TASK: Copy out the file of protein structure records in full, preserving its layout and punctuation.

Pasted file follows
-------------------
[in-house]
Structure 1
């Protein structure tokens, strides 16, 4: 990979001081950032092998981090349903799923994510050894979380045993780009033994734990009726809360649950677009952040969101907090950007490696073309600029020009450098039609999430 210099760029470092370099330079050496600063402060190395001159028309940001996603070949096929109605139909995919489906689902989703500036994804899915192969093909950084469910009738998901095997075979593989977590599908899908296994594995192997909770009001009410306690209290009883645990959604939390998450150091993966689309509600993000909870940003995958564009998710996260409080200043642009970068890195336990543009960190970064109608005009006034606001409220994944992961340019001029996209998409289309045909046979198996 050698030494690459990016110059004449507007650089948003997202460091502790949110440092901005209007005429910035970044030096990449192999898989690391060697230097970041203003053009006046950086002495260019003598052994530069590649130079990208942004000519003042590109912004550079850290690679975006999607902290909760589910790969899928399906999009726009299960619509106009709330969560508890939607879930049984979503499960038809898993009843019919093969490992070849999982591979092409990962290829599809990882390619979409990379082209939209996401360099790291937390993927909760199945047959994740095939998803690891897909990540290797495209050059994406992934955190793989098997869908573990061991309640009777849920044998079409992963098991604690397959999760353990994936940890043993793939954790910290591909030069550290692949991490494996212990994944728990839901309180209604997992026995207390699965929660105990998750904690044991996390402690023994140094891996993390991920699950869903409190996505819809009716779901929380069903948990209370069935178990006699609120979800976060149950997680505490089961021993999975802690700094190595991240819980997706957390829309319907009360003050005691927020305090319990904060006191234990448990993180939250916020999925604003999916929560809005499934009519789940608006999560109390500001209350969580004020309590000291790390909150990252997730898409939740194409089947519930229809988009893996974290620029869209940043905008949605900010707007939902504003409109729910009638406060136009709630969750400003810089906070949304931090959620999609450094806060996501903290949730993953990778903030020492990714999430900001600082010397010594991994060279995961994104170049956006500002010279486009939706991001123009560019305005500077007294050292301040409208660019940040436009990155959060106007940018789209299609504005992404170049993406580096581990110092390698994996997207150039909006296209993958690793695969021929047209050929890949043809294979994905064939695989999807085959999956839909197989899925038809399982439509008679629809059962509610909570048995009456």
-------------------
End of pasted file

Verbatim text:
[in-house]
Structure 1
């Protein structure tokens, strides 16, 4: 990979001081950032092998981090349903799923994510050894979380045993780009033994734990009726809360649950677009952040969101907090950007490696073309600029020009450098039609999430 210099760029470092370099330079050496600063402060190395001159028309940001996603070949096929109605139909995919489906689902989703500036994804899915192969093909950084469910009738998901095997075979593989977590599908899908296994594995192997909770009001009410306690209290009883645990959604939390998450150091993966689309509600993000909870940003995958564009998710996260409080200043642009970068890195336990543009960190970064109608005009006034606001409220994944992961340019001029996209998409289309045909046979198996 050698030494690459990016110059004449507007650089948003997202460091502790949110440092901005209007005429910035970044030096990449192999898989690391060697230097970041203003053009006046950086002495260019003598052994530069590649130079990208942004000519003042590109912004550079850290690679975006999607902290909760589910790969899928399906999009726009299960619509106009709330969560508890939607879930049984979503499960038809898993009843019919093969490992070849999982591979092409990962290829599809990882390619979409990379082209939209996401360099790291937390993927909760199945047959994740095939998803690891897909990540290797495209050059994406992934955190793989098997869908573990061991309640009777849920044998079409992963098991604690397959999760353990994936940890043993793939954790910290591909030069550290692949991490494996212990994944728990839901309180209604997992026995207390699965929660105990998750904690044991996390402690023994140094891996993390991920699950869903409190996505819809009716779901929380069903948990209370069935178990006699609120979800976060149950997680505490089961021993999975802690700094190595991240819980997706957390829309319907009360003050005691927020305090319990904060006191234990448990993180939250916020999925604003999916929560809005499934009519789940608006999560109390500001209350969580004020309590000291790390909150990252997730898409939740194409089947519930229809988009893996974290620029869209940043905008949605900010707007939902504003409109729910009638406060136009709630969750400003810089906070949304931090959620999609450094806060996501903290949730993953990778903030020492990714999430900001600082010397010594991994060279995961994104170049956006500002010279486009939706991001123009560019305005500077007294050292301040409208660019940040436009990155959060106007940018789209299609504005992404170049993406580096581990110092390698994996997207150039909006296209993958690793695969021929047209050929890949043809294979994905064939695989999807085959999956839909197989899925038809399982439509008679629809059962509610909570048995009456």